At number one again this week is Ice Age by Fire Tiger. The song is the catchiest thing I've heard in years. A combination of Taylor Dayne, Miami Sound Machine and Wilson Phillips.
At number two is Borrowed Time from State Cows. A Swedish band that has tapped into the Steely Dan west coast vibe better than anyone. Michael Landau guest stars on the guitar solo.
At number three is 10 Miles by Champlin, Williams and Friestedt (CWF). This trio makes music I wish Toto made. This sounds so vintage but is a brand new song and is instantaneously a hit.
At number 4 is the brand new single from Paul Carrack called Amazing. This almost sounds like it was stolen from the Stax music vaults. A wonderful, breezy slice of R&B and Paul nails the vocals. Destined for #1 on this chart.
At number 5 is a classic power ballad by Clif Magness called Unbroken. The song would be a perfect track for Jason Scheff to record. Such a great melody.
At number 6 is Easy To Love by Steve Perry. My favorite tune from his new album Traces. A complete R&B hook and melody and it gets better with each spin.
At number 7 is All Alone by former Outfield lead vocalist Tony Lewis. Tony sounds exactly like he did in 1986. This has all of the mojo of anything his former band ever recorded. This should be on the radio.
At number 8 is a blues artist by the name of Hamish Anderson with his song No Good. A combination of contemporary blues and retro rock. A great guitar line and some terrific playing throughout.
At number 9 is former Survivor lead singer Dave Bickler and his song Hope. Dave's voice has held up remarkably well and this is his first solo album. The track itself is a call for a better day and the hook is perfect for classic rock stations.
At number 10 is the brand new song by guitarist Colin James. His song is called 40 light years. It features of all things, a harmonica. The playing is reserved by effective. Very catchy song.
Robbie Dupree writes an amazing tale about how we all seem to have gotten used to the violence and craziness in the world. Dupree is best known for his two mainstream hits from his first album. But here he makes an amazing musical statement. Both the lyrics and the atmospherics of the track itself are stellar. For fans of west coast California style rock this is how you do it. The track clocks in at over seven minutes and has both acoustic guitar and piano but an electric lead guitar comes in to really give the song more passion and meaning.
We learned in recent days that Stevie Nicks decided to boot Lindsey Buckingham from Fleetwood Mac over his alleged bad behavior at a benefit concert earlier this year. That behavior amounted to smirking when Nicks began to ramble during her speech and not approving of the song "Rhiannon" being played as Stevie's entrance music. Originally we were told that the break-up was centered around Buckingham who according to the original narrative, wanted to record and tour and then join his former band mates on the road.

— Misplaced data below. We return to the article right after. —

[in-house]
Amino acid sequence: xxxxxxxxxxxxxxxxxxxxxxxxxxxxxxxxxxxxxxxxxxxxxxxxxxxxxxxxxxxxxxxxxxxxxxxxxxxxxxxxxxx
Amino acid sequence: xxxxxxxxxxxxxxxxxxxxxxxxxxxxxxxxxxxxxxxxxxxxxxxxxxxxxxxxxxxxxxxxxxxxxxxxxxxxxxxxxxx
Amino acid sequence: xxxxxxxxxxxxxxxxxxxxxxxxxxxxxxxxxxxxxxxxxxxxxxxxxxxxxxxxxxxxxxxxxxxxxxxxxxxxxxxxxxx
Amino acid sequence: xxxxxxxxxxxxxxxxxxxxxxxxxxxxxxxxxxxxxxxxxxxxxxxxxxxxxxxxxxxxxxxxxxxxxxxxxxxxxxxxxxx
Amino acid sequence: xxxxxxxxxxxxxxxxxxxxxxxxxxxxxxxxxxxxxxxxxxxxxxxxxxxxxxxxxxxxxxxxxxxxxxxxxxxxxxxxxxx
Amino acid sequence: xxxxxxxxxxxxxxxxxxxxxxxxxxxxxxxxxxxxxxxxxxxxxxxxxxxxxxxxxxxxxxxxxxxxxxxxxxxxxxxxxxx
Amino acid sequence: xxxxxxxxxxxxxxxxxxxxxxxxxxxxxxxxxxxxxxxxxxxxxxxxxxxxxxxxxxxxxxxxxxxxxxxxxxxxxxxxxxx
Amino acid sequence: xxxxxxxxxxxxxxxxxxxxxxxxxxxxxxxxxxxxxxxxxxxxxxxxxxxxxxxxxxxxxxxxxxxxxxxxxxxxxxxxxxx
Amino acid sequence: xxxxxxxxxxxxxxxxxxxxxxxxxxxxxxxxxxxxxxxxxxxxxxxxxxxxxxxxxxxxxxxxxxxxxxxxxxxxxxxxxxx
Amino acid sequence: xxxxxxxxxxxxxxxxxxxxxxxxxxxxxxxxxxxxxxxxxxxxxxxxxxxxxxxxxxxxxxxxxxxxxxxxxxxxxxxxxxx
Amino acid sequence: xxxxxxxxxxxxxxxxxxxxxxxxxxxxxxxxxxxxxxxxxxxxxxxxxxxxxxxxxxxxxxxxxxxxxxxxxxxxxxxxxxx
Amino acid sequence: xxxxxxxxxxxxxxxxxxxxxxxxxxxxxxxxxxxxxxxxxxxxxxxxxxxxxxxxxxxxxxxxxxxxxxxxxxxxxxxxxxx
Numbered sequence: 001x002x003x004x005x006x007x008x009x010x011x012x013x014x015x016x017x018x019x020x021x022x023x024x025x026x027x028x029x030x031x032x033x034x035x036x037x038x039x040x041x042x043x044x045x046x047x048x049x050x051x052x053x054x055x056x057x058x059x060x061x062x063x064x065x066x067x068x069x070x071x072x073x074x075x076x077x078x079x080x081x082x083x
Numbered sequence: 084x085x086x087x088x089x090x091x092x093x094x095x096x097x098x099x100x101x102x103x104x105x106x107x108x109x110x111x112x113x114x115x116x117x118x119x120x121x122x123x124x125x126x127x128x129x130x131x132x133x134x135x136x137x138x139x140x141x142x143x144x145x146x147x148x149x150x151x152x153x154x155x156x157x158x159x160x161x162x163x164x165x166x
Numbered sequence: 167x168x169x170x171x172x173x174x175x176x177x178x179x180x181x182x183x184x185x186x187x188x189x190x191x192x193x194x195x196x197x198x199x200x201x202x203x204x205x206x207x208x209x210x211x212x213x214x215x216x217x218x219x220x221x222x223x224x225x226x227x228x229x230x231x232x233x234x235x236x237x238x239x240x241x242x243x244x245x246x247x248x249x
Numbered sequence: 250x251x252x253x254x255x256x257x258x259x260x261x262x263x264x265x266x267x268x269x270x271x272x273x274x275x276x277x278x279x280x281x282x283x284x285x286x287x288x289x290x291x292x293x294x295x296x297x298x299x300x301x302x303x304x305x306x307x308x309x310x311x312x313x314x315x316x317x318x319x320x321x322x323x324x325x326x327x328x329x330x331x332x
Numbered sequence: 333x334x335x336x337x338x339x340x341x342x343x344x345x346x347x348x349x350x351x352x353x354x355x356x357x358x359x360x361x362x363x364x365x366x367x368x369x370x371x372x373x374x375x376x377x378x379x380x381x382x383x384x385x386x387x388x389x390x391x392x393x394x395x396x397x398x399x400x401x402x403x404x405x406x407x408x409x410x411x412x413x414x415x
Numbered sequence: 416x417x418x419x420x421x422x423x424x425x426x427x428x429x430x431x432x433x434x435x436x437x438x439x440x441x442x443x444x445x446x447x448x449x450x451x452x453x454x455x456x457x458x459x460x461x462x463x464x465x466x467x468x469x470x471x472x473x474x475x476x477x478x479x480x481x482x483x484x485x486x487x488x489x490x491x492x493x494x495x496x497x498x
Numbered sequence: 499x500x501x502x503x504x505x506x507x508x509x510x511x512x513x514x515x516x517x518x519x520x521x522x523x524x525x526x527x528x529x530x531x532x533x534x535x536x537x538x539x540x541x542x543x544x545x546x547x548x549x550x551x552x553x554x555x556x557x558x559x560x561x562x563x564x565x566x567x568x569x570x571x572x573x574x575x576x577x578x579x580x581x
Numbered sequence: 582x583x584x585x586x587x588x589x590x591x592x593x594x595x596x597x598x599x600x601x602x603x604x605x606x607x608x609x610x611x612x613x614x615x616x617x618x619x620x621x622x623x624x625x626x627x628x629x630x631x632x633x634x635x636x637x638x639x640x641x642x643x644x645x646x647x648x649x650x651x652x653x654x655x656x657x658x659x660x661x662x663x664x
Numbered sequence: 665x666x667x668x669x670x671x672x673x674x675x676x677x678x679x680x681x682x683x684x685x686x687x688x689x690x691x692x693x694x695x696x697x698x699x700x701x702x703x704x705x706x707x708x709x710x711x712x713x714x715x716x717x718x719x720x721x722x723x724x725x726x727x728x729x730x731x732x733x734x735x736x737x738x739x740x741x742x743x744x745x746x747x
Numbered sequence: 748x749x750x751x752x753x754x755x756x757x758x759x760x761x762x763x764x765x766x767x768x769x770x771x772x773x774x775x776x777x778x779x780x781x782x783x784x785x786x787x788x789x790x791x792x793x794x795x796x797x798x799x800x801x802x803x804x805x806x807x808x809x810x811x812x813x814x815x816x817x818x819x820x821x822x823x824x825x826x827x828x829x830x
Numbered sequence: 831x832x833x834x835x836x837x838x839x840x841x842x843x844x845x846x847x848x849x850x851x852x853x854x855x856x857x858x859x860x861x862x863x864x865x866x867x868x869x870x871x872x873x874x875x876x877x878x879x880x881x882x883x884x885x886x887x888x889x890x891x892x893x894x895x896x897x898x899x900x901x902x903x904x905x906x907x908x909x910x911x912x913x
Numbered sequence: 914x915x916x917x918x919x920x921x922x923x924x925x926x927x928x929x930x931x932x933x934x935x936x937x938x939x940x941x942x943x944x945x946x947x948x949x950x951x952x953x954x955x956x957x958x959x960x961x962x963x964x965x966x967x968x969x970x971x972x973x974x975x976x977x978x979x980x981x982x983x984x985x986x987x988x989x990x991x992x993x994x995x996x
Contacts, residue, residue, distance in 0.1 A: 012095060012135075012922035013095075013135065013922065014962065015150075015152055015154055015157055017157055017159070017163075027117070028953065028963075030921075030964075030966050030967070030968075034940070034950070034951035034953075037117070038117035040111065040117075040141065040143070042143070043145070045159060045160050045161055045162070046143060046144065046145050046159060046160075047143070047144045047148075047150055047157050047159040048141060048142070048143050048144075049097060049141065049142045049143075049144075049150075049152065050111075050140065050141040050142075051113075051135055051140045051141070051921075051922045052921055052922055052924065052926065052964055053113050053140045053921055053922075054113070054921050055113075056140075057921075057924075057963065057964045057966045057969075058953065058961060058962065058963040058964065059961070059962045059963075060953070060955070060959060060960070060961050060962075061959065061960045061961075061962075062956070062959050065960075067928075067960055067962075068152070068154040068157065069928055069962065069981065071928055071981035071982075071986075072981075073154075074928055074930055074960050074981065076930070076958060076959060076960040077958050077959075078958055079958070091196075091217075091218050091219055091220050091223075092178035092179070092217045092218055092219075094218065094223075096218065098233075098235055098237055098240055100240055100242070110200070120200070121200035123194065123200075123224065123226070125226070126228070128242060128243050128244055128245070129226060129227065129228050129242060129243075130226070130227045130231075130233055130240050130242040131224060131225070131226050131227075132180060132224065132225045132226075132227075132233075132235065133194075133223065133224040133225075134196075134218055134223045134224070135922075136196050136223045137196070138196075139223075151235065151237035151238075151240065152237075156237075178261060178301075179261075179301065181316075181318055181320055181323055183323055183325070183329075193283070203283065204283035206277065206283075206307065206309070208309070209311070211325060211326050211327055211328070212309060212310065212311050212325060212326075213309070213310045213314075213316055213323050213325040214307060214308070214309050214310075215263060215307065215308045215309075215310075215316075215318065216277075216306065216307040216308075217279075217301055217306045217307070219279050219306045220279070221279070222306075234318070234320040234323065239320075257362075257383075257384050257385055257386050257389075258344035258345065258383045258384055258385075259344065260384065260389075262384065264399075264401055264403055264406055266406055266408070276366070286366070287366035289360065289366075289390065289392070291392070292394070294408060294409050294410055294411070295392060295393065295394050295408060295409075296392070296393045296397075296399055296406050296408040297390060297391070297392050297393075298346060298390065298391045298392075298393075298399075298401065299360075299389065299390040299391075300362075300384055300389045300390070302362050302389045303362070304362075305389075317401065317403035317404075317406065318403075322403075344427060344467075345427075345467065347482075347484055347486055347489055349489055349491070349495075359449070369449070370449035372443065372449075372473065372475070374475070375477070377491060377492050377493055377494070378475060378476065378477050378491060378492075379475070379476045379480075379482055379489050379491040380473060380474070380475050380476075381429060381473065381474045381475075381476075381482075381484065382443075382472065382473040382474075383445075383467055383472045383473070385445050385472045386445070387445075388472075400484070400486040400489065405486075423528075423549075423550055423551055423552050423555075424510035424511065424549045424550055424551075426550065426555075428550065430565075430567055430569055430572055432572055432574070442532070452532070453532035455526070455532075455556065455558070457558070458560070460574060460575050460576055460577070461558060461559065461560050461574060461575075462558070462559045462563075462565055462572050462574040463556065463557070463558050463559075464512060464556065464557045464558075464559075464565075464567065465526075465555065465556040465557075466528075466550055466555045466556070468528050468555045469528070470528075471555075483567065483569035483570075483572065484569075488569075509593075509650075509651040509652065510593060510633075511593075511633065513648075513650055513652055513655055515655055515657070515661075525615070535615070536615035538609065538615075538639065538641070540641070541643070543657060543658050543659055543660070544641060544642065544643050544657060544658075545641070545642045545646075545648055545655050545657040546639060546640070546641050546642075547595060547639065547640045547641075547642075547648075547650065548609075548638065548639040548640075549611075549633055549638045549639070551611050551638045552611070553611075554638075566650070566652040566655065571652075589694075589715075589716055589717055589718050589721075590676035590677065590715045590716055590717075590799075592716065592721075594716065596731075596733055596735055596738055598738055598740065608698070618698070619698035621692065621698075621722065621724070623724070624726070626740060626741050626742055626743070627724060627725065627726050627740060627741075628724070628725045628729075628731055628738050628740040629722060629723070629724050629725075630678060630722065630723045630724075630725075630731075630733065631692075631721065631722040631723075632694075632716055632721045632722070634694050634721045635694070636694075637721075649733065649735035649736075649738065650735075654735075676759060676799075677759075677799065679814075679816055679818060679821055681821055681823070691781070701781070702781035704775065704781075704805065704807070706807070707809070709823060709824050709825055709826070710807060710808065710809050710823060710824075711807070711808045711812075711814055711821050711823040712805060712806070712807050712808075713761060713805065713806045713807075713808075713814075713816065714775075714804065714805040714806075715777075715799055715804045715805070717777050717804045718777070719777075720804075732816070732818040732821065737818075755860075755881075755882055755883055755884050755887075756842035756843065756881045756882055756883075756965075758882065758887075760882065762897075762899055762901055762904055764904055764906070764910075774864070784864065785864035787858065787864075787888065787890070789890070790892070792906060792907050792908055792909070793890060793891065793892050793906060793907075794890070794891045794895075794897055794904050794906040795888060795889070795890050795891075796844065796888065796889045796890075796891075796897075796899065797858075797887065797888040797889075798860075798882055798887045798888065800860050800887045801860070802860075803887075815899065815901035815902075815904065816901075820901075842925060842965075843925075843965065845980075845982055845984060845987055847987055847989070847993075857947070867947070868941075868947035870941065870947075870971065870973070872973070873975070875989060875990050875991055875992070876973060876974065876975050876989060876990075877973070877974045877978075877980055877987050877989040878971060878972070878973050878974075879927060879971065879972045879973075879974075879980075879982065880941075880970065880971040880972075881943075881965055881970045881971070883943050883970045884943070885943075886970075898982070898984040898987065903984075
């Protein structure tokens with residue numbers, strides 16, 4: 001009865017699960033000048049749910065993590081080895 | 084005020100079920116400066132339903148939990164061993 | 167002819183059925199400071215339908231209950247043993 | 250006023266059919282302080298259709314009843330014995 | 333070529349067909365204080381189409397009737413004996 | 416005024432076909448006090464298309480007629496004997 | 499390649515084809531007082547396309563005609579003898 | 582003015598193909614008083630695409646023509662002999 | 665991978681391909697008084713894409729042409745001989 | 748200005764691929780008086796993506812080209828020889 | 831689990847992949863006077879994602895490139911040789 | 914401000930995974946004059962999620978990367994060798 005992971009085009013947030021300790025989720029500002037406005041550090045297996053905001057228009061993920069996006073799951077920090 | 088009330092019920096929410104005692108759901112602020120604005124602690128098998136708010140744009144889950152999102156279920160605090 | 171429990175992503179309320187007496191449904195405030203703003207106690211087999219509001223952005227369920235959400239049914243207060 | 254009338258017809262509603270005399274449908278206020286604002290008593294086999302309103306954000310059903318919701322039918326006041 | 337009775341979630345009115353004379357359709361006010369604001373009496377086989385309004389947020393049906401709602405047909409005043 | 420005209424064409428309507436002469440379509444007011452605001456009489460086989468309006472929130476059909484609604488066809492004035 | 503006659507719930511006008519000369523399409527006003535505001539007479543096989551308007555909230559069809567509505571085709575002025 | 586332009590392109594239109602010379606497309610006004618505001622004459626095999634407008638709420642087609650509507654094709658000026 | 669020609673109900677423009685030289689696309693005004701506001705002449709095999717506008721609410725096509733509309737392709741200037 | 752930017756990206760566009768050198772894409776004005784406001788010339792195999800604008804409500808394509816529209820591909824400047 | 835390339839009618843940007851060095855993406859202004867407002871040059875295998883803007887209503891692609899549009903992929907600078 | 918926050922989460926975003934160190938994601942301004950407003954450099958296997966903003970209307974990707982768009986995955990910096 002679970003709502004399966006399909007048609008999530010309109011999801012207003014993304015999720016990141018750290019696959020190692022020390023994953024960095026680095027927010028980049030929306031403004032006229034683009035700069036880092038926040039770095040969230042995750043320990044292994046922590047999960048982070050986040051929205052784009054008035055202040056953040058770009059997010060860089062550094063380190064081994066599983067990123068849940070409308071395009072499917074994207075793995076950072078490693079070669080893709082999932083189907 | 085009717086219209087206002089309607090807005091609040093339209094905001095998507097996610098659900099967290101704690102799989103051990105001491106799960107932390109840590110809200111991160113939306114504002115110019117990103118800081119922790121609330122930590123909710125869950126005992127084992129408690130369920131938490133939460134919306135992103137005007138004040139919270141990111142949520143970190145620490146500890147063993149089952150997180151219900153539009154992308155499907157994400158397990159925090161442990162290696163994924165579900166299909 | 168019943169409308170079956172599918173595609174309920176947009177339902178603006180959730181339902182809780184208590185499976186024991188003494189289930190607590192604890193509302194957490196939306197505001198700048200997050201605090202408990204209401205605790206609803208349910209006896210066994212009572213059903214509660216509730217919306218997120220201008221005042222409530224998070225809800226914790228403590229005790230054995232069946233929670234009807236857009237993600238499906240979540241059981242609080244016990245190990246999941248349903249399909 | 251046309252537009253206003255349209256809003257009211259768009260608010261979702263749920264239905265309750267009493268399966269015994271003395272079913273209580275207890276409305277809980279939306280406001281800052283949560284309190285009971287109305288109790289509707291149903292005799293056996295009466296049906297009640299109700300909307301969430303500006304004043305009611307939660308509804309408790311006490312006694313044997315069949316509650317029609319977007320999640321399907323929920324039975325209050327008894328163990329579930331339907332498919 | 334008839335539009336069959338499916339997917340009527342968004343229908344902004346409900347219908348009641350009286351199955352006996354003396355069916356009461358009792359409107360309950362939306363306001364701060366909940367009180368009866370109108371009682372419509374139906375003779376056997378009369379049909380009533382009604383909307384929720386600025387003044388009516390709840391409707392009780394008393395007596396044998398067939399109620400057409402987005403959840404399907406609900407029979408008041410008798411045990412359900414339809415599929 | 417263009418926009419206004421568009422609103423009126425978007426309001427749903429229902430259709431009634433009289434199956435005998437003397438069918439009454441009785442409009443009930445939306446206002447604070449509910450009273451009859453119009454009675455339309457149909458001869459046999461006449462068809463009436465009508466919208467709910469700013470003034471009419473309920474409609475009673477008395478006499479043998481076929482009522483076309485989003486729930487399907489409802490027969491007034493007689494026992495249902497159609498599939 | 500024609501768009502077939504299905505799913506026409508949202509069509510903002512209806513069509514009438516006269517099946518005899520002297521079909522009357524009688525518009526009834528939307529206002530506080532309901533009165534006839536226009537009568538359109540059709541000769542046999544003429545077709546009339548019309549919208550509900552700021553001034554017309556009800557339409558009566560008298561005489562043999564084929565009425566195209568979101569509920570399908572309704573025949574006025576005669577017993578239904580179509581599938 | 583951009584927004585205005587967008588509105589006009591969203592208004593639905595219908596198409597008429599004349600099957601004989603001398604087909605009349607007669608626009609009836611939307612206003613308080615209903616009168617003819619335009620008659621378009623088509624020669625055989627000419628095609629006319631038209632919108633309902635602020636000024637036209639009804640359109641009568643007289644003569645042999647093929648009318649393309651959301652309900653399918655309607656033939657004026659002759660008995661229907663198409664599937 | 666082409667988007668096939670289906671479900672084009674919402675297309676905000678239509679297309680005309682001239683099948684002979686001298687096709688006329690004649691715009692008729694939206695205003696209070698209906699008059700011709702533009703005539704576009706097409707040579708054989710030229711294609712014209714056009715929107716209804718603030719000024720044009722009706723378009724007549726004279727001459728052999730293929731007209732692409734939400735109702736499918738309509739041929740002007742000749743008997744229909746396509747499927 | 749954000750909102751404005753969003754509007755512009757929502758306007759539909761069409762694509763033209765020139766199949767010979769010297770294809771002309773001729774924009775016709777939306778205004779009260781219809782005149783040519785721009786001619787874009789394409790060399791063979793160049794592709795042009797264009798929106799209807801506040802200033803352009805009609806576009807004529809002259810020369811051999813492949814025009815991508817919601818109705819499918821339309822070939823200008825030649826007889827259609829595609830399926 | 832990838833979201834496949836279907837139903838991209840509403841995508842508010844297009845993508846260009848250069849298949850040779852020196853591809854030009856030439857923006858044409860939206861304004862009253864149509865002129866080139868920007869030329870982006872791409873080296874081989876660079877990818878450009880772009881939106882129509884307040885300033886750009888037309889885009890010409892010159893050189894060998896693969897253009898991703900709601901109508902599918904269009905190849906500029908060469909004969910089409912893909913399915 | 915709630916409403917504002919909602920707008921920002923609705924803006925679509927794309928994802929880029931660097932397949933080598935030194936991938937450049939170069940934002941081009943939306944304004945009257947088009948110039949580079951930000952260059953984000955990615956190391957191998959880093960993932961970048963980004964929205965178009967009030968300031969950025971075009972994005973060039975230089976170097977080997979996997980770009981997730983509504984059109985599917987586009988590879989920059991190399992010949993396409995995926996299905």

None of this is surprising for a band that has gone through drama before. But what is different now is the age and maturity (or lack thereof) of these now 70 somethings as they tour the states via Live Nation. Both Mac and Buckingham are touring and so far it appears that the split is hurting ticket sales for Fleetwood Mac and possibly helping Buckingham who just filed a lawsuit seeking 12 million dollars in lost wages. This is the kind of drama that doesn't result in creativity.
Fans seem to be on Lindsey's side and if one were to examine the evidence on a cursory level they would have to implicate Stevie Nicks as not being the team player. Strangely enough though, Nicks has been nominated to the rock and roll hall of fame at precisely the same moment Buckingham filed paperwork in a Los Angeles County court.
Monopoly board master Irv Azoff was the one who broke the news to Buckingham that he was no longer welcome on stage with Stevie Nicks. It was an ultimatum and she won at least in the short run. Azoff is banking on the curiosity car wreck theory, where people want to show up and support their favorite team as each side tries to gin up sympathy both fake and real to lure fans to their side.
People who have watched this band for decades are at a loss to explain the speed at which Mick Fleetwood and Irving Azoff moved to upend Lindsey Buckingham. The venues were likely already booked. And the show must go on. But for now, it's a show long and drama and short on substance for a band that at this stage of their existence needs Lindsey Buckingham more than he needs them.